The Beginning of the End of Employer-based Health Care?

Health reform has, thus far, produced several unintended consequences. As a result, legislators are scrambling to stave off more public backlash.  The recent wave of exemptions granted by Congress to major corporations like McDonalds and Home Depot may only be a postponement of what appears to be an intended consequence of health insurance reform. The corporations argue that the new requirements may force them to drop insurance coverage for thousands of low wage workers.

If these companies ultimately cease providing what is called "mini-med" coverage, also known as limited benefit plans, then tens of thousands of workers will be absorbed by the new Medicaid exchanges set to open in 2014 – well after the next presidential election.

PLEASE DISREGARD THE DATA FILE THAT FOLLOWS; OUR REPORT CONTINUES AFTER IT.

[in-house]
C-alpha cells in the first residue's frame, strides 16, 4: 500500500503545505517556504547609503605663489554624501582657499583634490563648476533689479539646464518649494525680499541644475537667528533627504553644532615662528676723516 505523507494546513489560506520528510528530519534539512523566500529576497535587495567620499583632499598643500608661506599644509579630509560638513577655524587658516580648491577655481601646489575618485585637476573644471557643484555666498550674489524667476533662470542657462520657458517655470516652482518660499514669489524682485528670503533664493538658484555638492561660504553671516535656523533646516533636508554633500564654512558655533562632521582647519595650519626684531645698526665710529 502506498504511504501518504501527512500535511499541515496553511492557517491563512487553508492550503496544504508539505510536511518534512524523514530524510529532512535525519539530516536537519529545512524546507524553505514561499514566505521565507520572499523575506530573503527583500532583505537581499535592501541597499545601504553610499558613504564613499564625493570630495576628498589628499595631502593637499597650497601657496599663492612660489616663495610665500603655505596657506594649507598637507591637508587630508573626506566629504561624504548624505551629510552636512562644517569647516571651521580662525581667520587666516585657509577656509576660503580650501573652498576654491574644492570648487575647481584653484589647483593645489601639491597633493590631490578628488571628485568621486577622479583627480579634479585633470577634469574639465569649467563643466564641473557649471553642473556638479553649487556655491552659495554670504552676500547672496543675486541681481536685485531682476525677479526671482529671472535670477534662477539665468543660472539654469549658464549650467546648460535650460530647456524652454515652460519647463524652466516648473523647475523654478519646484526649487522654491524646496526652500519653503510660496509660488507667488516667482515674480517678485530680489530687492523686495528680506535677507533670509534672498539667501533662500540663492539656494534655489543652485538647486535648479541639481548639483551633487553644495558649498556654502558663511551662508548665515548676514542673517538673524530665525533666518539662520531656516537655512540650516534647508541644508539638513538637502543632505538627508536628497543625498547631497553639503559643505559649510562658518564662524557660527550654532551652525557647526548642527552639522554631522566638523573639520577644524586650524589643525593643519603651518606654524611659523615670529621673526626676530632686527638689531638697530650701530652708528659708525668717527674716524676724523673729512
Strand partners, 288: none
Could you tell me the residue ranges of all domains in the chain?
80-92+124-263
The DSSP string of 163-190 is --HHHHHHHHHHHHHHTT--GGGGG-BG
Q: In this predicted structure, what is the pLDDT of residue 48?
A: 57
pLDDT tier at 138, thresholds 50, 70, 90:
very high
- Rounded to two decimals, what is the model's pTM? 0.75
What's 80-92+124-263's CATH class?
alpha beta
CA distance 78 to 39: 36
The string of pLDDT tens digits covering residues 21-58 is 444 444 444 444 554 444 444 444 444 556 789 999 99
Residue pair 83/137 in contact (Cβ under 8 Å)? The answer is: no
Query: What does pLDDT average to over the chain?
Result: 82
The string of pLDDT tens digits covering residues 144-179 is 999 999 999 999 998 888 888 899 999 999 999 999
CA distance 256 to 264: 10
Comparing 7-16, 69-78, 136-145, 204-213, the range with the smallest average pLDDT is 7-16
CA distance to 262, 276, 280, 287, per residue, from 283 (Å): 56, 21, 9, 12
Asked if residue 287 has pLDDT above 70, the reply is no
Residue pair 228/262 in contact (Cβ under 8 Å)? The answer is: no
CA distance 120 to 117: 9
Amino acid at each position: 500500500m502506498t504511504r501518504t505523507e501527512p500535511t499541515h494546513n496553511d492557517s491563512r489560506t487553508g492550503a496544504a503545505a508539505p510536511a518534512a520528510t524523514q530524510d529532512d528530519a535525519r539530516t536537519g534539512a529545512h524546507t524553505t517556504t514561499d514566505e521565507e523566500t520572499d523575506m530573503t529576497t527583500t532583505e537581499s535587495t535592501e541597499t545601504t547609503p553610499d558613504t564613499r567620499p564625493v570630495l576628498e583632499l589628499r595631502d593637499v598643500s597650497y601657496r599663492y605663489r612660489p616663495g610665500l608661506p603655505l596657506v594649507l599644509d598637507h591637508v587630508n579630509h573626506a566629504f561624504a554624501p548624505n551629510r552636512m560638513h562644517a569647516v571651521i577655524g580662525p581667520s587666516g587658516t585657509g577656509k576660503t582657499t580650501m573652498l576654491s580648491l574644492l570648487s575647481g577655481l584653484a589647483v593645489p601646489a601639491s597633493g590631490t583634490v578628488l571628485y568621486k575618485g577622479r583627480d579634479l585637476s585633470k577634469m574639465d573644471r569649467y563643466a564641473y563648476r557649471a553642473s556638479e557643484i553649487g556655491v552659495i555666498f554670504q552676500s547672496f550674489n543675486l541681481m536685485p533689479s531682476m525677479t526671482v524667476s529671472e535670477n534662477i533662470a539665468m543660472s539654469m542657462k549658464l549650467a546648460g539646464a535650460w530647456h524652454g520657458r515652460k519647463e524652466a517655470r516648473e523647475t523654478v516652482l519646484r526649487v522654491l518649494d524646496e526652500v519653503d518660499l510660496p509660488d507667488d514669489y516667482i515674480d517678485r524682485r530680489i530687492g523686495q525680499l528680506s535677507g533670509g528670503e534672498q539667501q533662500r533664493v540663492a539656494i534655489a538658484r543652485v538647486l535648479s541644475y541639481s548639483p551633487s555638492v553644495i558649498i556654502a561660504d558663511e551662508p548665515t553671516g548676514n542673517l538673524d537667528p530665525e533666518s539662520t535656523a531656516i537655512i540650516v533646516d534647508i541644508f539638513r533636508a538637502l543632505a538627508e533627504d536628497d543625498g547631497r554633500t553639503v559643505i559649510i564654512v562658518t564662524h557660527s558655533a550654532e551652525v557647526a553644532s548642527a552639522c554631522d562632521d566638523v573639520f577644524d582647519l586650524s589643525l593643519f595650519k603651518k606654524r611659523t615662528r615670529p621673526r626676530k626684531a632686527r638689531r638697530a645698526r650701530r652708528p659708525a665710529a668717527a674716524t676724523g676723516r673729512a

New Ratio Unrealistic to Meet for Limited Benefit Insurance Plans

At issue for these companies is the new medical loss ratio that requires companies to spend at least 80% to 85% of their premium dollars on actual medical benefits, which is the law's way of ensuring that employer-sponsored health plans limit the amount of money spent on high executive salaries and administrative costs. The ratio for mini-med plans is skewed towards administrative costs because of the high turnover of low-wage workers and the fact that there is low amount of actual claim expenses. In fact, the average amount of benefits claimed by McDonalds' workers is about $5,000 per year. For $13 a week, a McDonalds' employee can receive a maximum of $2,000 in benefits, which covers 100% of most medical costs except in-patient services, according to Time Magazine. At the higher end, $32 provides $10,000 of benefits.


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